I was embarrassed, delighted to have won, but not really be able to take full pride in it as I had really just been there passively rather than actually been the reason for the happy outcome.
I am not the sort of person who can comfortably take credit for other people’s work. Don’t get me wrong, as the owner of a business I do regularly do so- it’s just that I’m not that comfortable with it!
When I would arrive home from work when my youngest child was still a baby I would hug and kiss my wife and then pick the child up and embrace her. As she got older she would always try to grab for my glasses, clearly fascinated by them, and I would always pull away to prevent her from taking them off my head and snapping them.
After weeks of this she eventually was successful at getting the spectacles into her control and in the most heartbreaking of moments she used her other hand to pull my head forward and she moved her own head to the side and rested on mine cheek-to-cheek!
I felt so guilty, this tiny little creature who could not speak but only communicate by screams or gestures was simply trying to give us a closer connection and unknowingly I was preventing that purest of instincts from being fulfilled.
From then on I took my glasses off when coming into the house so that the skin-to-skin contact could happen unfettered.
Thirteen years later of course and neither of my daughters want either of their parents anywhere near them!
The reason that the 17th May is resonating with me for the days that hugs can restart- albeit only in England- is that that is our Wedding anniversary.
I suspect that like most men, there is only a limited number of things that I know about jewellery.
The first is that when looking for an engagement ring you are expected to spend a sum approximately equating to three months wages- when I was growing up I had recalled that it was only one month so that was some inflation, and I did for a moment wonder would it have only been two months if i’d got married in my early rather than late twenties.
The second thing that I knew, although regularly ignoring, is that I was not under any circumstances to be trusted to pick any items of jewellery for my spouse.
That being the case, when I wanted to purchase an eternity ring for my wife it was mandatory that we were to go shopping together- no surprises!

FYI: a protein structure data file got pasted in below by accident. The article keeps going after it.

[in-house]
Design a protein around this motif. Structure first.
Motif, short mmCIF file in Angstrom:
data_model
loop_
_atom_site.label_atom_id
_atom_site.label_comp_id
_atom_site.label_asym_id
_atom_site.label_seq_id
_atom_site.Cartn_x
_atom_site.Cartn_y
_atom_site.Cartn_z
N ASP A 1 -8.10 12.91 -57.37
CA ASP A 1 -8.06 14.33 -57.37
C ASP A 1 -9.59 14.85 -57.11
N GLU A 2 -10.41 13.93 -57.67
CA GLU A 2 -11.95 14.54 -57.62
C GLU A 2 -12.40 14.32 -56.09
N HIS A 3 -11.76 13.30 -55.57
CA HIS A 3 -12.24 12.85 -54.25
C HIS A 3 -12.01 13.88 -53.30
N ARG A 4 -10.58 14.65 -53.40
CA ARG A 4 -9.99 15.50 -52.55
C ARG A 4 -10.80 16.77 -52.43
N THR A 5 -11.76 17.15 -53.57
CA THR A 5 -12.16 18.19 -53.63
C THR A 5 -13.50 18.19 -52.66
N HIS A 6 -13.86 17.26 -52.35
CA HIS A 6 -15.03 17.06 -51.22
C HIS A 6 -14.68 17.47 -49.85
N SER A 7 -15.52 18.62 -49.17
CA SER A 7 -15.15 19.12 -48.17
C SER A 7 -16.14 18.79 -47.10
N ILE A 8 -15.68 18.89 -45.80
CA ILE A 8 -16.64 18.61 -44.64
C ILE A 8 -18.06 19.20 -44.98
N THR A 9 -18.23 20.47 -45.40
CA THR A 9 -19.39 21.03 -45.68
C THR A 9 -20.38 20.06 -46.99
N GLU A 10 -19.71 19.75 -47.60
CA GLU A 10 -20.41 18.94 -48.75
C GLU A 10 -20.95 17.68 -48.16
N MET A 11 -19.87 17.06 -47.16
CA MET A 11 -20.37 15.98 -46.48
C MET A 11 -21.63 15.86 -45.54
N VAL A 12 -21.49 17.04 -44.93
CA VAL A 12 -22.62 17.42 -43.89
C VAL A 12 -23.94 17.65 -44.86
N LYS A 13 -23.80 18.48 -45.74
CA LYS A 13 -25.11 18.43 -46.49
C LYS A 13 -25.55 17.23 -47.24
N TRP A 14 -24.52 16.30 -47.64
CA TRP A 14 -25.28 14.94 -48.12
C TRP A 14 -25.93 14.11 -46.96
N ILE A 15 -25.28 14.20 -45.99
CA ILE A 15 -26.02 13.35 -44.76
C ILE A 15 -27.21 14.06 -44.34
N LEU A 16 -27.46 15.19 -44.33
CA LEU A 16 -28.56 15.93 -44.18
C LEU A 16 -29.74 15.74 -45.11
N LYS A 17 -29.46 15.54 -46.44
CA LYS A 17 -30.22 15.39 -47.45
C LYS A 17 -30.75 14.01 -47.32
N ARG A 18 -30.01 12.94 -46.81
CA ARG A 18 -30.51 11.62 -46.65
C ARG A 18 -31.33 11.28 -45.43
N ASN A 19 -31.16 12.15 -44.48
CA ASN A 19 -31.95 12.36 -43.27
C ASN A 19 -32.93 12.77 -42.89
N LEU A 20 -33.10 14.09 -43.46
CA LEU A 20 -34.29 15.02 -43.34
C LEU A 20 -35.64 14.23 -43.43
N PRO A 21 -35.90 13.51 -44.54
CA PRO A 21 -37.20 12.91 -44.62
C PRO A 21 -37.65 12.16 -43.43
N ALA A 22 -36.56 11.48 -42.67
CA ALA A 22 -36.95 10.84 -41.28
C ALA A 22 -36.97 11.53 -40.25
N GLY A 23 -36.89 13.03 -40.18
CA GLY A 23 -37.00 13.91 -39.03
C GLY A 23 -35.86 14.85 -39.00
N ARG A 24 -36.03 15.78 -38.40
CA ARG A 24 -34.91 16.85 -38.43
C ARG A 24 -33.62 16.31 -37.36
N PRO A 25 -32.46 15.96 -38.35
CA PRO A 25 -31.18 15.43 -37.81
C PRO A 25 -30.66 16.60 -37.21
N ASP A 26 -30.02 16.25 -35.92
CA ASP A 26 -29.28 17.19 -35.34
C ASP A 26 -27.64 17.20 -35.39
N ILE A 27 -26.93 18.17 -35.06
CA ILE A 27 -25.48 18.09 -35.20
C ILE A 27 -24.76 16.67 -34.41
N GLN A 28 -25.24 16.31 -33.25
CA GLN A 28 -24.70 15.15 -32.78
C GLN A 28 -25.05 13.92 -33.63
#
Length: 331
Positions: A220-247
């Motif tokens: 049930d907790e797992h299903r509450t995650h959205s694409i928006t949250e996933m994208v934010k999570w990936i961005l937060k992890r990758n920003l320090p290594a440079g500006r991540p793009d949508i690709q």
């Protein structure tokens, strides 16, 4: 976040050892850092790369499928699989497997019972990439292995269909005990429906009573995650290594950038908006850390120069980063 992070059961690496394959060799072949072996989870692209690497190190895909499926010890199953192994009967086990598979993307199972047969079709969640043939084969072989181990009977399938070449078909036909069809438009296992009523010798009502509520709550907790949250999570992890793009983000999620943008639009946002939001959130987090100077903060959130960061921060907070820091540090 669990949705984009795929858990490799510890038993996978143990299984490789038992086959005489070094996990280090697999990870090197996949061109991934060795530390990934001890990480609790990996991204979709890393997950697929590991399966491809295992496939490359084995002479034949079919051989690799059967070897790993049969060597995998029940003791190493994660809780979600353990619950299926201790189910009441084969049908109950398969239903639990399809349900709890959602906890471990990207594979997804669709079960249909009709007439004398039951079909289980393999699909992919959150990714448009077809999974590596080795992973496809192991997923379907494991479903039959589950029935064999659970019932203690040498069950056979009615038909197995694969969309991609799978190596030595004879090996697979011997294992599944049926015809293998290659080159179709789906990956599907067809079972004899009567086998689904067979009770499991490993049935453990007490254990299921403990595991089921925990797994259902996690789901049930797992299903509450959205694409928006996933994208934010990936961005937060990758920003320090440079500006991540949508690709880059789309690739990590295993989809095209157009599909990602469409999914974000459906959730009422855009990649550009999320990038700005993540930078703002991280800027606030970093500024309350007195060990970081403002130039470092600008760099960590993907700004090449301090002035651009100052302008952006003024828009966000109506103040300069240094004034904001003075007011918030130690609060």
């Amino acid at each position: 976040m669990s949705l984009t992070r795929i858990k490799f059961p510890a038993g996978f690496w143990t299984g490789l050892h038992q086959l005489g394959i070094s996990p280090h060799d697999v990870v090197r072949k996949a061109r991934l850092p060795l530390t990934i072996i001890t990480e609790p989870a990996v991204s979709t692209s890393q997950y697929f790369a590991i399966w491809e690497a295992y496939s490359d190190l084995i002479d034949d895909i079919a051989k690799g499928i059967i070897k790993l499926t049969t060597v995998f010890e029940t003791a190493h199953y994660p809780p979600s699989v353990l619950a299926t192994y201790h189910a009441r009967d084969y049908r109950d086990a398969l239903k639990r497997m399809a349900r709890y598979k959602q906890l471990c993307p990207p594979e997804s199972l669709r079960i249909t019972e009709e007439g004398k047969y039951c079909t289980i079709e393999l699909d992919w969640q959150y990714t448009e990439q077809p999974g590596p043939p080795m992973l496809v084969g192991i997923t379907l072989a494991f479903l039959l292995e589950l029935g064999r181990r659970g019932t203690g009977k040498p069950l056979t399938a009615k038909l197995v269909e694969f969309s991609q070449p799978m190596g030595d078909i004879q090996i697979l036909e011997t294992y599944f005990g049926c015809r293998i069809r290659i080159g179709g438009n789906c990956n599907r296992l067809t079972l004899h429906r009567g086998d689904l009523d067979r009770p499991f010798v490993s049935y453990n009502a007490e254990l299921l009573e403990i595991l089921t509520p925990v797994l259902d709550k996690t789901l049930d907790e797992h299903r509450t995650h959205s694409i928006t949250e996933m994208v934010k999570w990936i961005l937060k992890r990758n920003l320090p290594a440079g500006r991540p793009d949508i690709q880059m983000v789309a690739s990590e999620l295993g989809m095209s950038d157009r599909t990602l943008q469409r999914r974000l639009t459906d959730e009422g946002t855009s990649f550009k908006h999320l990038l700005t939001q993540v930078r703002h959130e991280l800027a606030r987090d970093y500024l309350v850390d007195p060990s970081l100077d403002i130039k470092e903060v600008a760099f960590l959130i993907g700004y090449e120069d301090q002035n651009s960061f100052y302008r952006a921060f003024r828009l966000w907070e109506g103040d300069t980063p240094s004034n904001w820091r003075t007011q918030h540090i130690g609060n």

One lunchtime she came in to town to meet me and we went into a shop that we knew of but which I had never actually been in and started to browse the sparkly things.
The owner of the premises joined us from a back room and it was clear from the way he was swaying that he probably should have stayed there. There was no actual smell of booze but his demeanour was such that we were concerned that he was more than a little tipsy.
My wife pointed at a ring that she liked in a style that she really hankered for and which I noted was coming in at about 6 months wages!
It was lovely as it shone on her finger, with eight diamonds circling around the band, and it was clear that she was smitten!
She looked at me for agreement and I smiled and nodded back and she said ‘ok, we’ll take it but you’ll have to do better on the price than that.’
She took the ring off her finger and the salesman took it and examined it with his jeweller’s eye glass. You know the kind of thing I mean and which is apparently called a ‘Loupe’.
And then he said, as he removed the scope from his eye and put the ring back on the counter top. ‘I tell you what I can do to bring the price down...I can go put some sh*t diamonds in it for you.’
And then there was silence.
Was he thinking that we were going to say ‘Yes that would be great. Could you go do that for us?’ If so he was being a total looper! Had he learned nothing from Gerald Ratner??
My wife and I just looked at each other not knowing what we should say so we said nothing for a moment before my wife said ‘Ok.. well we’ll keep that in mind.’
And then we left the shop and burst into nervous laughter and as you might expect we never crossed it’s threshold again.
On many occasions I as the leader of my organisation have said things that were intemperate and unnecessary. I would love to say that I am perfect and have always remained professional in every thing I have ever done and said; but that’s just not true.
Nor can I promise that I will never do or say anything again that will fall below the standard I would set for myself.
It is easy to have sympathy and empathy and understanding and forgiveness for people you actually know when things are said that shouldn’t have been.
I have no idea if the ring seller was a diamond in the rough who was just having a bad day or if he really justified losing us as customers for life.
In the moment I did not think to give him the opportunity that I would want afforded to me if I made an ill-judged remark; afterall it is our actions, like a simple embrace to show love and affection, that are supposed to speak louder than words.